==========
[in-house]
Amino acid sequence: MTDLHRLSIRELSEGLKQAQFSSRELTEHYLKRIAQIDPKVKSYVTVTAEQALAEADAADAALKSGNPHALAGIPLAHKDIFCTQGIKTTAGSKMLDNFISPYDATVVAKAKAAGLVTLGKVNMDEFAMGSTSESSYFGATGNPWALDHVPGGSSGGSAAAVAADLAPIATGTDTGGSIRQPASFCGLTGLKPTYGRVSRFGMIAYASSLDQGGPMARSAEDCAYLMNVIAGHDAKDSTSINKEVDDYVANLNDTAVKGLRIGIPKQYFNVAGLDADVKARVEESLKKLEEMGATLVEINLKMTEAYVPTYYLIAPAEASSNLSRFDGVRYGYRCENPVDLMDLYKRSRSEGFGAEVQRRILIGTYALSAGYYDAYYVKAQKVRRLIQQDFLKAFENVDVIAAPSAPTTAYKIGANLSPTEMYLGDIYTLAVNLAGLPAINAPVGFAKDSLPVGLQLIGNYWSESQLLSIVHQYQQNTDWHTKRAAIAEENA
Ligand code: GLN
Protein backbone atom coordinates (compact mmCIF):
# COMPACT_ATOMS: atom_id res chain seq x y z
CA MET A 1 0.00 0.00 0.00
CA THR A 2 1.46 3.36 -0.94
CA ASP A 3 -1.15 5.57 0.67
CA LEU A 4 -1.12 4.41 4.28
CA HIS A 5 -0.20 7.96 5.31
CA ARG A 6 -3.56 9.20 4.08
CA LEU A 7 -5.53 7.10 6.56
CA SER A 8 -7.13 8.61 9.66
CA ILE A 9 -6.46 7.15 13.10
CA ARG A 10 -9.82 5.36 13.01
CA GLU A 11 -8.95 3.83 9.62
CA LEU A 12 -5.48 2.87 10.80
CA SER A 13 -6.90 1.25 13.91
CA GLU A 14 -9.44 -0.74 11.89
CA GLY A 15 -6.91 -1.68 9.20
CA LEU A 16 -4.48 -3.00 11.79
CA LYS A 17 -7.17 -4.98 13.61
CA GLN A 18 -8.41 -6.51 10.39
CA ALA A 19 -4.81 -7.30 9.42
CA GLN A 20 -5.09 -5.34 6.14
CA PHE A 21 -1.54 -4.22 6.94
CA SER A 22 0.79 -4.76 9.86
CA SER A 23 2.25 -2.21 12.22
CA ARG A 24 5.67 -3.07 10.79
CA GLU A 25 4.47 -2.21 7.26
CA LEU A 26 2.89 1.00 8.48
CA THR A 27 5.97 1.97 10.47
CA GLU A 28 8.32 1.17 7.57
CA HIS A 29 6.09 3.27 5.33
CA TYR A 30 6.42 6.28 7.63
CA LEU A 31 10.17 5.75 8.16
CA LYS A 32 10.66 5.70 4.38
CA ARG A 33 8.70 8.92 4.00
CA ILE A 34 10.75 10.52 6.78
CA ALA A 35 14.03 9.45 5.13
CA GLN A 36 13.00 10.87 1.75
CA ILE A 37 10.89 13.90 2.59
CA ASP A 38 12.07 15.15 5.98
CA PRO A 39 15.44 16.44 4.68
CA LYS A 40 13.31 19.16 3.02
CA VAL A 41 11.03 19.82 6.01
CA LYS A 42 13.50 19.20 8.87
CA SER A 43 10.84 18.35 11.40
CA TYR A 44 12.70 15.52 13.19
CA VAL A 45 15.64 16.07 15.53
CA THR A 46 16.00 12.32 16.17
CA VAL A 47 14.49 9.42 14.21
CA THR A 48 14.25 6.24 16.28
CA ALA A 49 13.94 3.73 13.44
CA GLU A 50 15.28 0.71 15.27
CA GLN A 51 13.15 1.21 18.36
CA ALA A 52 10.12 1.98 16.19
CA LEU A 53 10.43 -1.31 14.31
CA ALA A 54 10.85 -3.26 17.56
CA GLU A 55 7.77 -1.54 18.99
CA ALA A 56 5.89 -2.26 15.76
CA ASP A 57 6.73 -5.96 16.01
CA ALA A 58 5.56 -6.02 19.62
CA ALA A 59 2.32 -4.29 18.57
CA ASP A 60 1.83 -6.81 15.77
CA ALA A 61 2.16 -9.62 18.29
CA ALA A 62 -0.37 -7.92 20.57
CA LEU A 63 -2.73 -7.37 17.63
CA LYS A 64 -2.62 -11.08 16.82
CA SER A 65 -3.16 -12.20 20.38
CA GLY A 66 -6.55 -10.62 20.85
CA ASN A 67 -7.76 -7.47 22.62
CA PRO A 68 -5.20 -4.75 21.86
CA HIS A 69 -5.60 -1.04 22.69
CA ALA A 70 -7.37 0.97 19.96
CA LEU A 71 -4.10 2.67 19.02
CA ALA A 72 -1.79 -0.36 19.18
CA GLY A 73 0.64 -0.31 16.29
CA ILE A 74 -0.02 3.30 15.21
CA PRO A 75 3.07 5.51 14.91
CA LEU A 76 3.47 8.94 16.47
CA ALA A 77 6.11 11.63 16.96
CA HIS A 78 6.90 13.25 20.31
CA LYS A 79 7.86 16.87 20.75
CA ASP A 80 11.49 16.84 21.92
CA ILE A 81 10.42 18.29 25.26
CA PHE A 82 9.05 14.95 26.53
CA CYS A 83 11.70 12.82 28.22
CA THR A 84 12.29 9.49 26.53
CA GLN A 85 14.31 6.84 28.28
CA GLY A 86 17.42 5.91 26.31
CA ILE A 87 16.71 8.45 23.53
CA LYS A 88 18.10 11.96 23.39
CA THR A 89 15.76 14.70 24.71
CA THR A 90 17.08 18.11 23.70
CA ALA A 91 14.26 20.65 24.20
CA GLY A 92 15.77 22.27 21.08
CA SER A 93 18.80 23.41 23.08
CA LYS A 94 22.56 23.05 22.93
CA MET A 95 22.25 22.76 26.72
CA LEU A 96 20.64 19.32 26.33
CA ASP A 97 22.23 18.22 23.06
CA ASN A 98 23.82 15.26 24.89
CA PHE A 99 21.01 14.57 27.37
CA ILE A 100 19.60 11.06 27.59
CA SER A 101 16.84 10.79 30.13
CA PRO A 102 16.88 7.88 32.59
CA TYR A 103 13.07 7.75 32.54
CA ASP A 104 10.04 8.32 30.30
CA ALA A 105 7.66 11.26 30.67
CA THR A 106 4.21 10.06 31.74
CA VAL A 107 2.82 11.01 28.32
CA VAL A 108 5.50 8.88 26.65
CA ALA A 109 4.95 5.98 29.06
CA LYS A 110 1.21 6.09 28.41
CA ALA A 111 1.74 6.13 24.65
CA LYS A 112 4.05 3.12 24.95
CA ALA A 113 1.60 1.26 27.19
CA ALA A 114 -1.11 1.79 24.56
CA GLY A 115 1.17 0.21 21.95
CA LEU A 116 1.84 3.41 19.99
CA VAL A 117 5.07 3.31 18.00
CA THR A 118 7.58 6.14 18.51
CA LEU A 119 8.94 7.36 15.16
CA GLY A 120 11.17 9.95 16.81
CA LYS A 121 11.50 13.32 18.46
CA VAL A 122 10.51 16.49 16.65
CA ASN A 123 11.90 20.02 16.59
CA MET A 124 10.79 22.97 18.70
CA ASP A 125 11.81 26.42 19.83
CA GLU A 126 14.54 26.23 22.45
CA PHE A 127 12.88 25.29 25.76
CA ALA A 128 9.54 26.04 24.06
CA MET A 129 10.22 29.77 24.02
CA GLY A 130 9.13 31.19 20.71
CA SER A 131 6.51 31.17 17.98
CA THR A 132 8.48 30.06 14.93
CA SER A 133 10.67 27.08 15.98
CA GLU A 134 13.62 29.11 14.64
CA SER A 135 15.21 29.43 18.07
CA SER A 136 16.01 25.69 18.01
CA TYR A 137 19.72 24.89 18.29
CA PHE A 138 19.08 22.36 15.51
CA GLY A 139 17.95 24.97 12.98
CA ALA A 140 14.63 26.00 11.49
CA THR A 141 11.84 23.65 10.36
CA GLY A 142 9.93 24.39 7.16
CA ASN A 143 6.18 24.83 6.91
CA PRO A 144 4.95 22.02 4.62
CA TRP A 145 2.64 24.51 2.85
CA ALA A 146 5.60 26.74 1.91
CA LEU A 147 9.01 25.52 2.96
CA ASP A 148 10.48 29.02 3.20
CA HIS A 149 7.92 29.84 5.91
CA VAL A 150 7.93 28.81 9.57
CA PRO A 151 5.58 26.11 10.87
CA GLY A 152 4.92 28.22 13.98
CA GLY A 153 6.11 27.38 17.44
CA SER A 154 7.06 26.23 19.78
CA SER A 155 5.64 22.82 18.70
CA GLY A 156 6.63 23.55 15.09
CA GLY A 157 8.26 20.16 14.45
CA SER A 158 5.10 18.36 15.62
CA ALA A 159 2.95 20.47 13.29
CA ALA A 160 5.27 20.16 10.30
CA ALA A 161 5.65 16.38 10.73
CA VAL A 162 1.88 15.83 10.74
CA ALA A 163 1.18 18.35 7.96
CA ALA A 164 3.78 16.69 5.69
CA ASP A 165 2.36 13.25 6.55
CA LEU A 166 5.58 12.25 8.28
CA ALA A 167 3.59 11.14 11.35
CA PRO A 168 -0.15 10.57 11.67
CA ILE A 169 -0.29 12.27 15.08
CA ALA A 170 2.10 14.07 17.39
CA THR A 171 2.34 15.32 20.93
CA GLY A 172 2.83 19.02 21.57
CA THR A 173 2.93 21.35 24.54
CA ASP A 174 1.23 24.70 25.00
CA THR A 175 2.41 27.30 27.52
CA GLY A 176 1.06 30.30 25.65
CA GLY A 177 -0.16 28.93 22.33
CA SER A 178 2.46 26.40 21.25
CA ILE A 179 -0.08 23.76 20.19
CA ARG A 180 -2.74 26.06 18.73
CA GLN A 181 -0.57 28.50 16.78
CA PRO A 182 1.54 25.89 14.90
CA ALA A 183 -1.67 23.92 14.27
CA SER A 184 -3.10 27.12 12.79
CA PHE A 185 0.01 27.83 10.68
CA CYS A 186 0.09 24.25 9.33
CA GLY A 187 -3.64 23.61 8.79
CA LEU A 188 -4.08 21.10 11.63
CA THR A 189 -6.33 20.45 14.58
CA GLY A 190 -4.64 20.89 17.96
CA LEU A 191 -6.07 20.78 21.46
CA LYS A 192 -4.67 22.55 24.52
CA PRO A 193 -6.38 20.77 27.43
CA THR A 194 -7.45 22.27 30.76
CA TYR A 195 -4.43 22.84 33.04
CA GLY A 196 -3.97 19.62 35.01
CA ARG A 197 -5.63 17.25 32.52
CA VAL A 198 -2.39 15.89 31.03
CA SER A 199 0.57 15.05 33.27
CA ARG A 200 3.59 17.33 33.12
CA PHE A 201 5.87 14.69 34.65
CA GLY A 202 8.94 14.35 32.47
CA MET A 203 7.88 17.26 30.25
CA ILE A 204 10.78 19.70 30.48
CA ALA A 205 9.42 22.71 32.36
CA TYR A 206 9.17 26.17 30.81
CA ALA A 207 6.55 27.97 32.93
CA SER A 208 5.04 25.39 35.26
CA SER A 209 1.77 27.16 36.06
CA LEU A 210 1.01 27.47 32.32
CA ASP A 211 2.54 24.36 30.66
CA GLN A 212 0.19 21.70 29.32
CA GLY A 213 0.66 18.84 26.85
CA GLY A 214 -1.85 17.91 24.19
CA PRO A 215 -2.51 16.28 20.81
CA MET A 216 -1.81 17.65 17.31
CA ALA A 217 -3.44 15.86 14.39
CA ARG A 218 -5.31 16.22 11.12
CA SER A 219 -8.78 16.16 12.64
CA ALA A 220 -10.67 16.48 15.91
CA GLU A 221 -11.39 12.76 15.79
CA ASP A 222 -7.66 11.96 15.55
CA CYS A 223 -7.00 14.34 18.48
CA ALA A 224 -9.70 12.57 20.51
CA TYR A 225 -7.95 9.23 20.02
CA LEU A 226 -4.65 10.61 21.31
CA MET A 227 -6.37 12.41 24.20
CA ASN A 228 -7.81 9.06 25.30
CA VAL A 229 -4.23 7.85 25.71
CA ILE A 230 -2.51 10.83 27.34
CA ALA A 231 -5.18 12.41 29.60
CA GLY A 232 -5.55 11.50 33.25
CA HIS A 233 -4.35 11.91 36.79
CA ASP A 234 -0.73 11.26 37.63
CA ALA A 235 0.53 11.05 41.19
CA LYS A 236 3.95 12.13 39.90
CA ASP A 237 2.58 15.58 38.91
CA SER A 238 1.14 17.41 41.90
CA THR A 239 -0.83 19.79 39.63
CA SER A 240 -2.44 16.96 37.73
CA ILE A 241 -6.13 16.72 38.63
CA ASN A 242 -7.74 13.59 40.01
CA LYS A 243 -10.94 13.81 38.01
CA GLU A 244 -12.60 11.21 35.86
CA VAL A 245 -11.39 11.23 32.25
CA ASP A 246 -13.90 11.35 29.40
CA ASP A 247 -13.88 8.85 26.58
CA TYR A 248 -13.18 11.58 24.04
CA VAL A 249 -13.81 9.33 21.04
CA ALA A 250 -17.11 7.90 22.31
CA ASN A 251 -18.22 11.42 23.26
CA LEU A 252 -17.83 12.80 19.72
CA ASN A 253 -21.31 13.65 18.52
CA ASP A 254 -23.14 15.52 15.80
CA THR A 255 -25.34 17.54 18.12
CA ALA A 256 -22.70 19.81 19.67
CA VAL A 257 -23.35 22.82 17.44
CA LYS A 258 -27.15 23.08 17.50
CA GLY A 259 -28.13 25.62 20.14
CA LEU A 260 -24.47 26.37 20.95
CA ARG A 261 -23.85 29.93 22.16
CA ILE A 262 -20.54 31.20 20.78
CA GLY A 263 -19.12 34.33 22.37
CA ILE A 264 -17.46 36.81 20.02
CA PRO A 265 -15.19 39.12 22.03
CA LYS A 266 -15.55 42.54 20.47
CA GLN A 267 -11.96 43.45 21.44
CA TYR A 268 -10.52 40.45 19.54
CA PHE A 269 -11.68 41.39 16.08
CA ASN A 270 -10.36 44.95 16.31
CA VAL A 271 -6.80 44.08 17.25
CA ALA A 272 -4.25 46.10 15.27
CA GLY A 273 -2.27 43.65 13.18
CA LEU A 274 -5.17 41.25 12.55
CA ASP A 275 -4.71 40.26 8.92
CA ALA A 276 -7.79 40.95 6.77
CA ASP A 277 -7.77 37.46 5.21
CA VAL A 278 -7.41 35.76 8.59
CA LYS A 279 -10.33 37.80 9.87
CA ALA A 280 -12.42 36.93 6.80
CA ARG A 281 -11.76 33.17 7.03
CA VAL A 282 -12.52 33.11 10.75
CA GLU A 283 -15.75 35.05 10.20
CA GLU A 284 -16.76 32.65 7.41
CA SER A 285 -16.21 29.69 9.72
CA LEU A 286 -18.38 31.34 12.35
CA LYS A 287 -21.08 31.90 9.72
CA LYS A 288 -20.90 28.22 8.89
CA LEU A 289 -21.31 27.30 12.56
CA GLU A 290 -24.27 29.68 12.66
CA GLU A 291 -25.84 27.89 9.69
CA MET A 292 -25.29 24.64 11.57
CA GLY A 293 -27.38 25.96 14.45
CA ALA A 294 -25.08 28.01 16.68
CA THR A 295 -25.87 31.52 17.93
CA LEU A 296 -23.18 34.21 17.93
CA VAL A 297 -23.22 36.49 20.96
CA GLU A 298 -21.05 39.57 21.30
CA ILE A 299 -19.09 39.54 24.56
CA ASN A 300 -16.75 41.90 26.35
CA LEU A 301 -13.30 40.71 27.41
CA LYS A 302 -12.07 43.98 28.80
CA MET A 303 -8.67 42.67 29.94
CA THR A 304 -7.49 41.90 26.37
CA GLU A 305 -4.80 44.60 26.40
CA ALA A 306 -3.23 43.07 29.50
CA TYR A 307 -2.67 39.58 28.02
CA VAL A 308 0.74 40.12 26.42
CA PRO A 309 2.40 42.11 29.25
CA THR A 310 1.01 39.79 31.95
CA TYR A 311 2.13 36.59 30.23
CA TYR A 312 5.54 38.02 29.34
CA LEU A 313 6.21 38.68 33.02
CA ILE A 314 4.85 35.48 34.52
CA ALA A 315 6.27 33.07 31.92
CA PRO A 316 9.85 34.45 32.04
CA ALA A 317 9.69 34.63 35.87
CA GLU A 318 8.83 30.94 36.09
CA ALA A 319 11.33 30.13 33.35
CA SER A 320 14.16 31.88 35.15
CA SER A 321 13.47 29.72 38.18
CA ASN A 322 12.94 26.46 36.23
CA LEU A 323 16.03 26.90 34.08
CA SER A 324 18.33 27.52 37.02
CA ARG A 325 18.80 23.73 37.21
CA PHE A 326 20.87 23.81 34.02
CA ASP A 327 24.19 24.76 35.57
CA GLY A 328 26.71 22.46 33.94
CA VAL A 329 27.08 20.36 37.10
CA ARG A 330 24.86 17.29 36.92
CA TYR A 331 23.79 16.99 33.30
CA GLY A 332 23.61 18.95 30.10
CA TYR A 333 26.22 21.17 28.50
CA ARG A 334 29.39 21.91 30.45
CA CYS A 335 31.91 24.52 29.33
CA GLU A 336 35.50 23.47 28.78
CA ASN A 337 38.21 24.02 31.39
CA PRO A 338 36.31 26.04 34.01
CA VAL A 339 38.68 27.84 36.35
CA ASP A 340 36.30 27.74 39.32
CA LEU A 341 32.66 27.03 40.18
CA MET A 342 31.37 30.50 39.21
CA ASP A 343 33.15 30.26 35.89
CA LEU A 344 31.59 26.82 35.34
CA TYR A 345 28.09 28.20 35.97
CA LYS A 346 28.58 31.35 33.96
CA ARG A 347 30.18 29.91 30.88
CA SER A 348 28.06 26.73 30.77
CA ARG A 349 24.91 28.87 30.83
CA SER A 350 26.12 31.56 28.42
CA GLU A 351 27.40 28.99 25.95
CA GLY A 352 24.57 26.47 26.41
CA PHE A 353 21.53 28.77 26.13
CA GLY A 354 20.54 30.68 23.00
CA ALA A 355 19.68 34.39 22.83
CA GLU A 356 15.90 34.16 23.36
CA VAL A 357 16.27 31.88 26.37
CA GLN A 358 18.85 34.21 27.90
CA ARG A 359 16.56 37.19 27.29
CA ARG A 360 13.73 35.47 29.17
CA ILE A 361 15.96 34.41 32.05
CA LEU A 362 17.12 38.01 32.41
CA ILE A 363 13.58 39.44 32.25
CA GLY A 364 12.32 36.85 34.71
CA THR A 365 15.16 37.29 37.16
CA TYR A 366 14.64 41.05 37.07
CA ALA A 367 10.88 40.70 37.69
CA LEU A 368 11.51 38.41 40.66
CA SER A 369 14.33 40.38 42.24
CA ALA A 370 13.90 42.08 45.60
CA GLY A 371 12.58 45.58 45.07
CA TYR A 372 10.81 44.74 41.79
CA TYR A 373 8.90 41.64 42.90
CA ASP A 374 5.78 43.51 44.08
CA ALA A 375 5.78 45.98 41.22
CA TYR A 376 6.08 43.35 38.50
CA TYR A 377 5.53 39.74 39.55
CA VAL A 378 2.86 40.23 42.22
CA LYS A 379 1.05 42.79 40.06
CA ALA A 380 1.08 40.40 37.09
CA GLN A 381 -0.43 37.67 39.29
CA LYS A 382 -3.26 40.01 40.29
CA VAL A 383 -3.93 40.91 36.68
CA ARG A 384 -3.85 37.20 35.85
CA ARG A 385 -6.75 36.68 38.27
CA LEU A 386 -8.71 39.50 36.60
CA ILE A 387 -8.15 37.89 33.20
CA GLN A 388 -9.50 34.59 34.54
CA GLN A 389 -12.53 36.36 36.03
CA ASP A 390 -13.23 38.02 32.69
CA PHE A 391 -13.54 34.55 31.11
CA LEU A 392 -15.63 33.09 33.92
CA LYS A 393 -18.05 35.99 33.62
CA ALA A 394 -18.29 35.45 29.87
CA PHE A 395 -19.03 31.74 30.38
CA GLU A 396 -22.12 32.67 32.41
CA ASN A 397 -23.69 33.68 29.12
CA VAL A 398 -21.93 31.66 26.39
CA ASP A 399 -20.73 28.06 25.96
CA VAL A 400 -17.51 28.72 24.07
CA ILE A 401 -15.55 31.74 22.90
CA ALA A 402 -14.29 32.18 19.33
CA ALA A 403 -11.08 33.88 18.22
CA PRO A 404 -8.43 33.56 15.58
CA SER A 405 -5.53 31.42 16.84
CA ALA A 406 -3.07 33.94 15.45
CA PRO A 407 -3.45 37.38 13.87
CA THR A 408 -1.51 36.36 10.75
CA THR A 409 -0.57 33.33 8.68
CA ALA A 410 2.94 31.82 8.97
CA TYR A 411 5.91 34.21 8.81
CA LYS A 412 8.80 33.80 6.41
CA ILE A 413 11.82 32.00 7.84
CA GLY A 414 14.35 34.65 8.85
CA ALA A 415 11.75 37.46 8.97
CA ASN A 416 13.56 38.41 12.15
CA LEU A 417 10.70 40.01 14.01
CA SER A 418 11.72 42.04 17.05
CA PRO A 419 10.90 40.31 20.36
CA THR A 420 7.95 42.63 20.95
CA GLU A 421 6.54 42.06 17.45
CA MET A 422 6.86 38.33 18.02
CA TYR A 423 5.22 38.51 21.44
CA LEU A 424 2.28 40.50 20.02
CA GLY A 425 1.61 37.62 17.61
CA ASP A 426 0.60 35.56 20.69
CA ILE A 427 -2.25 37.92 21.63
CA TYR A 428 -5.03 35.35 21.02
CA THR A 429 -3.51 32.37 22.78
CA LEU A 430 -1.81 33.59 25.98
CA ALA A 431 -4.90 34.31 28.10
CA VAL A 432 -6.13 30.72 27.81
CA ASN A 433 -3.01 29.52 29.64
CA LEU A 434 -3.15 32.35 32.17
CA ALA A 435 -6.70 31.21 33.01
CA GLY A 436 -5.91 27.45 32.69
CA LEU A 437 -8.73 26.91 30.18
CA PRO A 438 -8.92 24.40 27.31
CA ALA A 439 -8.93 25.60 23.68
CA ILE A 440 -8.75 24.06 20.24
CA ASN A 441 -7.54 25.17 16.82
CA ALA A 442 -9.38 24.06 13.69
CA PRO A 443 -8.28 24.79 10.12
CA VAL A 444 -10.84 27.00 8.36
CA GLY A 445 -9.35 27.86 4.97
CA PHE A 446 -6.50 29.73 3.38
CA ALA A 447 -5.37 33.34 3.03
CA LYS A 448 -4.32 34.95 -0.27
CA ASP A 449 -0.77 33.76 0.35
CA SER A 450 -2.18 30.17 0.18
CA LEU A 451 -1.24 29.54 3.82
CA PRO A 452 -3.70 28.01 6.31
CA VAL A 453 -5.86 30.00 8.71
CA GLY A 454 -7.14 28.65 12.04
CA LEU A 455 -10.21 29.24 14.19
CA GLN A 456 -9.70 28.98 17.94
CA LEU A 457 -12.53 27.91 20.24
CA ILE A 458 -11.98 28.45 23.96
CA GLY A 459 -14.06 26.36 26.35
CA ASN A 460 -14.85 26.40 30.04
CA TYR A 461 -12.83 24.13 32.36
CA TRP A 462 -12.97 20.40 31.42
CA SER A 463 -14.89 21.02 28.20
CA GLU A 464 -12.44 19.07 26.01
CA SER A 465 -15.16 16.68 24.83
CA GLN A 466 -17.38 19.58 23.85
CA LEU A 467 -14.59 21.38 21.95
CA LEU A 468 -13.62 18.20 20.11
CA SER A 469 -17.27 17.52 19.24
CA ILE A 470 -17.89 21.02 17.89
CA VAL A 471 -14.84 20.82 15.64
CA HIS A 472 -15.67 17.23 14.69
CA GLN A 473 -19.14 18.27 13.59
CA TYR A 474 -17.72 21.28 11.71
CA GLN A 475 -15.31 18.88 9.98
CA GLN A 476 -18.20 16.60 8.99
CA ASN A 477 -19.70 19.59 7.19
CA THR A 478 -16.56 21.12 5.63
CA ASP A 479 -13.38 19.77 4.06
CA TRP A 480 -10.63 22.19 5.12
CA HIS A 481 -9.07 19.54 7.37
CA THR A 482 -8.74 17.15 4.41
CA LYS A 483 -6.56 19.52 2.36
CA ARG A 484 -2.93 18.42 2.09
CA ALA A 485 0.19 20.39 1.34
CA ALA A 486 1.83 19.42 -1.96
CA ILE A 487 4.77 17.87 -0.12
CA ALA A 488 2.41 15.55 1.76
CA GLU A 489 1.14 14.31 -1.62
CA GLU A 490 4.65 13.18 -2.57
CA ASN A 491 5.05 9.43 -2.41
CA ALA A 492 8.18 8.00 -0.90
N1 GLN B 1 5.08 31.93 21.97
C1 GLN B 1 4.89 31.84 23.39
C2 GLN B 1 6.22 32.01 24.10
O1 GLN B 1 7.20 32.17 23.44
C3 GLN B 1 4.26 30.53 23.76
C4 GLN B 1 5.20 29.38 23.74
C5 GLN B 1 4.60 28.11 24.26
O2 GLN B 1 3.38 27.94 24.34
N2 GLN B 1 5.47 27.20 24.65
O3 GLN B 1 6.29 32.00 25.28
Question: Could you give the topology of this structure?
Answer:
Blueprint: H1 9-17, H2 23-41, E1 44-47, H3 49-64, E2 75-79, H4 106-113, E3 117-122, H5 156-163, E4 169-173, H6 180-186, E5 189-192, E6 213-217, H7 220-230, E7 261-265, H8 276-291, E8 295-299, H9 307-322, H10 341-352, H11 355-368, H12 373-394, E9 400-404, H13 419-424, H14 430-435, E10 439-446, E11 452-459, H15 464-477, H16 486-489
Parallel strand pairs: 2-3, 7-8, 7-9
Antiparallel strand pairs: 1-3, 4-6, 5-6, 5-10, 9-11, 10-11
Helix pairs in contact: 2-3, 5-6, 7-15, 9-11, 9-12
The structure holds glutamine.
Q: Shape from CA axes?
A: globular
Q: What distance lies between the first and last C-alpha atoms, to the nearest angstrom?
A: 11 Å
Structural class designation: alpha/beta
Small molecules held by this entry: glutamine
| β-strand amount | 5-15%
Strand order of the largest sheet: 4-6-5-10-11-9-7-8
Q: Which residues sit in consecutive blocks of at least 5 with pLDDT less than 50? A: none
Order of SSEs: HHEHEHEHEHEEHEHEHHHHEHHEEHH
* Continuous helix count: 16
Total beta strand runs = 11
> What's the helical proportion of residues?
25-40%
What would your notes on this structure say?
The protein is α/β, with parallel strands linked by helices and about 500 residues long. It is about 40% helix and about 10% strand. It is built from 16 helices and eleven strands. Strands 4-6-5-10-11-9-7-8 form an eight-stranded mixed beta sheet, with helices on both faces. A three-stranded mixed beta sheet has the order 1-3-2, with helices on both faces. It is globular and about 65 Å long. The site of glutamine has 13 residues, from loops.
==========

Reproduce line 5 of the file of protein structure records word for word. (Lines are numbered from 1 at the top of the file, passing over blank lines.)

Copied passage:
# COMPACT_ATOMS: atom_id res chain seq x y z